Researchers at Toshiba in Japan have reported an advancement in output and reliability with its layered transparent solar cell/silicon solar cell prototype.
The researchers have reported a transparent cuprous oxide (Cu2O) solar cell with a conversion efficiency of 9.5%, the highest level yet achieved for a Cu2O cell. This was realized by enlarging its predecessor, announced in December 2021, and points to the potential for mass production. The new cell is expected to provide a boost for the development of EV that do not require plug-in charging, and to advance other mobility applications, such as high-altitude platform stations, telecom platforms in the stratosphere.
Tandem cells position a solar cell over a standard silicon cell. The cells generate power at different wavelengths, raising areal output, and have great potential to boost the efficiency of solar modules. In addition to Toshiba’s transparent Cu2O cell, work is being done on two other tandem cell technologies: fabrication with gallium arsenide (GaAs) or other III-V materials; and perovskite crystal thin-films. Production costs for the former range from several hundred- to several thousand-times the cost of a single silicon cell, severely restricting application. The latter cannot yet deliver the necessary reliability and guaranteed output for the 20-years-and-more life of a silicon cell.
Toshiba’s R&D focuses on the advantages of transparent Cu2O cells: fabrication with naturally abundant materials cuts costs; a hard and strong, and moisture resistant material, all guarantees of reliability; and light transmittance qualities that open the way to high level power generation efficiency.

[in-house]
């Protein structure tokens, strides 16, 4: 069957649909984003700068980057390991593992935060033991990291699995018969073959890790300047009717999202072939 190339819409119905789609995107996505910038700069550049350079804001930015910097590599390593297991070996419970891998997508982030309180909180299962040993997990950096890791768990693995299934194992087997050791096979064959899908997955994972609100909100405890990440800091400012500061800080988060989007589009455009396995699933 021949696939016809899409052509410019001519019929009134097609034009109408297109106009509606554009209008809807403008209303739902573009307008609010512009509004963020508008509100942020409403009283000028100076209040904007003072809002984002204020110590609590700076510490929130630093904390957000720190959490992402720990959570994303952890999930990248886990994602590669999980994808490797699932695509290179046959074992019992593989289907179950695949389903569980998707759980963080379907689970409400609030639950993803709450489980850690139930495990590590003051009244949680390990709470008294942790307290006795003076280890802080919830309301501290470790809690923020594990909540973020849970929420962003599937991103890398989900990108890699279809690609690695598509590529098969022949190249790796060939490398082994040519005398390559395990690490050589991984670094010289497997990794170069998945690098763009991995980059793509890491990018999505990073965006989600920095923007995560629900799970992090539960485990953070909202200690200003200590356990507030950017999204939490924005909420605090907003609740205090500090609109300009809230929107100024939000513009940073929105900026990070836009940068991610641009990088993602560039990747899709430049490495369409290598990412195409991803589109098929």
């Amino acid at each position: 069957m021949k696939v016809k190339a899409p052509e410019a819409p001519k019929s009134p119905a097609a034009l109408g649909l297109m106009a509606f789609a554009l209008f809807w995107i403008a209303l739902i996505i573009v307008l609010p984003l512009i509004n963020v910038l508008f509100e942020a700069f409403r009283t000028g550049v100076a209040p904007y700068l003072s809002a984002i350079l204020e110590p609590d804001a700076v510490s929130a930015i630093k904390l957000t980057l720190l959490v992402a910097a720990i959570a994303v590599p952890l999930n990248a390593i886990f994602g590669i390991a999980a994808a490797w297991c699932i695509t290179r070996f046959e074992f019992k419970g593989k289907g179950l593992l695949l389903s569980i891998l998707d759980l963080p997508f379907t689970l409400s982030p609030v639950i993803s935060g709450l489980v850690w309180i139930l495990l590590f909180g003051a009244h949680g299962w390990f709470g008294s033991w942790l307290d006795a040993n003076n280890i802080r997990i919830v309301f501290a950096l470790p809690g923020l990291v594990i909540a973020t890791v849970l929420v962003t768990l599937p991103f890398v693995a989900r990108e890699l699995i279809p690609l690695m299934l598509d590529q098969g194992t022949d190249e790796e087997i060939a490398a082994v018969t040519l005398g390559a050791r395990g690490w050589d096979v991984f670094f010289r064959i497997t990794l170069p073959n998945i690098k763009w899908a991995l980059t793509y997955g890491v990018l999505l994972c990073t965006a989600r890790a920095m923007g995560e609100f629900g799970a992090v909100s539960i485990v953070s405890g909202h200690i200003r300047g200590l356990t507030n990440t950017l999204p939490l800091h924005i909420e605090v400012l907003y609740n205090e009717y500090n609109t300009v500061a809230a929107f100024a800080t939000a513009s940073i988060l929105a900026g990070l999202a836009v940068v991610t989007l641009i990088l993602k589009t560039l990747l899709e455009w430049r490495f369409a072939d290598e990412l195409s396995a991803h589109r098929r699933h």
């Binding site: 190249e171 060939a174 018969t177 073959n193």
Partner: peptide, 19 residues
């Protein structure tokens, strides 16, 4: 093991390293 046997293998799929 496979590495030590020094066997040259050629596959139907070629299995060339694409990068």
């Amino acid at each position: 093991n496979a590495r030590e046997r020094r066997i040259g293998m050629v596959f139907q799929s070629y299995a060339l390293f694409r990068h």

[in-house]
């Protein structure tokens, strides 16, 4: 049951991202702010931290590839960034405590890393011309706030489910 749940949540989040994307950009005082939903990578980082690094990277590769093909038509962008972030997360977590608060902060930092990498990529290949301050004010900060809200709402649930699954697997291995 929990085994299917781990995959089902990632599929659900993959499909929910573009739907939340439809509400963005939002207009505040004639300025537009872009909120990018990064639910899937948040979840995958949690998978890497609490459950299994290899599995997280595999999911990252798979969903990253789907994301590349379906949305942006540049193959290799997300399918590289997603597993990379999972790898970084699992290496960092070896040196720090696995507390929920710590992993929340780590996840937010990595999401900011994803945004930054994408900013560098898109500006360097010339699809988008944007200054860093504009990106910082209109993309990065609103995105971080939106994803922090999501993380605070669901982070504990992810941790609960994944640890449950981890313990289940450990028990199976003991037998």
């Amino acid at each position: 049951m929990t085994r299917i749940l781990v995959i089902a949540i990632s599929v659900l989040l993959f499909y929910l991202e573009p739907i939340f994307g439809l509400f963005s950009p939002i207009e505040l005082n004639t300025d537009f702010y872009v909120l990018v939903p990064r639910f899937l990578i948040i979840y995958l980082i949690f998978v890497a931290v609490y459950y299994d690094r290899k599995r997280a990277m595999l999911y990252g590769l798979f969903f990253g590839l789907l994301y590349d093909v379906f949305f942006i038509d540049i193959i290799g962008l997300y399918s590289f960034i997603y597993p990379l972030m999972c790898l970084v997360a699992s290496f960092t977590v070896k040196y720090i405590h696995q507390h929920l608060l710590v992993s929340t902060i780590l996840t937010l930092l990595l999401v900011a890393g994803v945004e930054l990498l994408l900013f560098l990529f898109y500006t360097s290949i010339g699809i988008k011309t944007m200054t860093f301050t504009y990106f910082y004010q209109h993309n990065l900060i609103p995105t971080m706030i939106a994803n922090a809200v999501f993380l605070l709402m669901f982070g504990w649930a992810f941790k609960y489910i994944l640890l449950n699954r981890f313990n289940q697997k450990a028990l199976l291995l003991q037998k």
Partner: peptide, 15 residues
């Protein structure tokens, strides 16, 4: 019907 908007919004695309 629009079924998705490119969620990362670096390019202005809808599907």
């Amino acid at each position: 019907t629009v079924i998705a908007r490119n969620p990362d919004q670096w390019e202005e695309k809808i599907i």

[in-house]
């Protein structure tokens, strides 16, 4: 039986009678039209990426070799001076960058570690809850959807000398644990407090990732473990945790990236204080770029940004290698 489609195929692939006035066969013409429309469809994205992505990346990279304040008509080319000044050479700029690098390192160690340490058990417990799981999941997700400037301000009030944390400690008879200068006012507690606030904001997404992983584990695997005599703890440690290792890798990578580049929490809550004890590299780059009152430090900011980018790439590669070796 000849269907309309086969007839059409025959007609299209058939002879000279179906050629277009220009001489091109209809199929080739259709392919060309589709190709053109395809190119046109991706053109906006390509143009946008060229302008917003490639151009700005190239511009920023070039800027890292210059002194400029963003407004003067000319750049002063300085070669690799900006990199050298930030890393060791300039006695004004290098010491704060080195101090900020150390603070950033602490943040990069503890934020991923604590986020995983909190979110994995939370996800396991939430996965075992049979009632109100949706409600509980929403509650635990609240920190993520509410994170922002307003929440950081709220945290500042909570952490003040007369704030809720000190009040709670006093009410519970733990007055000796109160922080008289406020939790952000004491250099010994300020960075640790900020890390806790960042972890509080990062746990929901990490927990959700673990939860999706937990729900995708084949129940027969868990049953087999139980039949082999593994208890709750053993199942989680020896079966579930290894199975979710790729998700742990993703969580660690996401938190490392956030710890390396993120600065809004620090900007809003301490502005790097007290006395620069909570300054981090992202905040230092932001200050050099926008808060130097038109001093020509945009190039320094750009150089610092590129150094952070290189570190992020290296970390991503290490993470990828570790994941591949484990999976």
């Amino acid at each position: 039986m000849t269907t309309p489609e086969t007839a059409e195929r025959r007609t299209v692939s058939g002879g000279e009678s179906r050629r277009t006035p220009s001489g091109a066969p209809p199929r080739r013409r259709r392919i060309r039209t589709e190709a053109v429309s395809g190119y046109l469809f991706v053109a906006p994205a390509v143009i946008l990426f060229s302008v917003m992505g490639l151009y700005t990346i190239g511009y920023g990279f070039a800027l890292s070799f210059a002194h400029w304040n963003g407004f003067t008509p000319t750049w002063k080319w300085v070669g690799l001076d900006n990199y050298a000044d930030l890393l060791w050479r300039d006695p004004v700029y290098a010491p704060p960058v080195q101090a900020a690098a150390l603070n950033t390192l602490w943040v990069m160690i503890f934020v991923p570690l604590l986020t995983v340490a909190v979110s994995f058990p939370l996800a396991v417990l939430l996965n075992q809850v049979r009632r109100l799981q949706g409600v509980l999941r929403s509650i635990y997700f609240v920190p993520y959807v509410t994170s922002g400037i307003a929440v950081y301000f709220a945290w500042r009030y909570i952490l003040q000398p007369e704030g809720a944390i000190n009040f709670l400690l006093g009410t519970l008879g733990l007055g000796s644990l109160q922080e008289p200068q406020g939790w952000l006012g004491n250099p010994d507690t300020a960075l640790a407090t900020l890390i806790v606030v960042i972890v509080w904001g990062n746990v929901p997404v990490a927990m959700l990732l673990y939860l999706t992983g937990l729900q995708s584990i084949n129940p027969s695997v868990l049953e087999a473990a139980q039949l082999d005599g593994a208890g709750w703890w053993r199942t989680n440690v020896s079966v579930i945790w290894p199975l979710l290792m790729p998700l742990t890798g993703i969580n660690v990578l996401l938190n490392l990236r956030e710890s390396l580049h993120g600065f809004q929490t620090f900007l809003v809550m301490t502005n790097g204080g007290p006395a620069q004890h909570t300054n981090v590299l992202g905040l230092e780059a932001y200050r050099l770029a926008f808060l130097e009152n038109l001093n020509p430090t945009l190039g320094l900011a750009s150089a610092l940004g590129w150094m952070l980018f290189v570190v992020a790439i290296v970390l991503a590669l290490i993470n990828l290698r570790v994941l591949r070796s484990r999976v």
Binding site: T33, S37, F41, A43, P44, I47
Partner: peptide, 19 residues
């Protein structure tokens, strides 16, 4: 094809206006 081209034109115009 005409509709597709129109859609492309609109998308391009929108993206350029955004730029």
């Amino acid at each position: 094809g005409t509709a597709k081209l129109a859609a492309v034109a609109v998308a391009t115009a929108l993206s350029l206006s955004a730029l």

Toshiba’s painstaking efforts are now bearing fruit. In a research project supported by Japan’s New Energy and Industry Technology Development Organization (NEDO), researchers have pushed the conversion efficiency of the Cu2O cell to 9.5%, a full 1.1% over the 8.4% reported last year. It was achieved by enlarging the cell and suppressing carrier recombination in the edge of Cu2O generation layer, which degrades generation efficiency.
“We found that a larger cell size effectively suppresses photocarrier recombination,” explains Kazushige Yamamoto, a Fellow at Toshiba’s Corporate Research & Development Center, and leader of the research team. “Increasing the power generation area from the previous 3x3mm2 to 10x3mm2 produced a relative reduction in recombination in the edge of cell, and the resulting increase in photocurrent pushed the efficiency to 9.5%.”
Toshiba has estimated that positioning the new Cu2O solar cell over a 25% efficient silicon cell realizes a Cu2O-Si tandem cell with a 28.5% efficiency — notably surpassing 26.7%, the highest reported efficiency for any standard silicon cell, and close to 29.1%, the highest reported efficiency for any GaAs cell.
Under test criteria defined by NEDO, Toshiba found that a one-time charge enables the current Cu2O-Si tandem cell to power an electric vehicle for 37 km, and further improvements in solar cells toward the theoretical maximum efficiency of 42.3% are expected to extend the range to a distance approaching 55 km. These are both recognized as practical distances for short trips without recharging, and would reduce charging frequency for longer trip.
Toshiba targets a practical Cu2O-Si tandem cell with a 10% efficient Cu2O cell and an overall efficiency of 30%, and the new cell records solid progress to that goal. Looking to mass production, the company is working to enlarge cell size, and has made a prototype with a power generation area of 40mm2 and an efficiency around 8%. The efficiency falloff in the larger cell is due to a less uniform layer and Toshiba continues to refine thin film deposition technology for uniform deposition over a larger area.
News item from Toshiba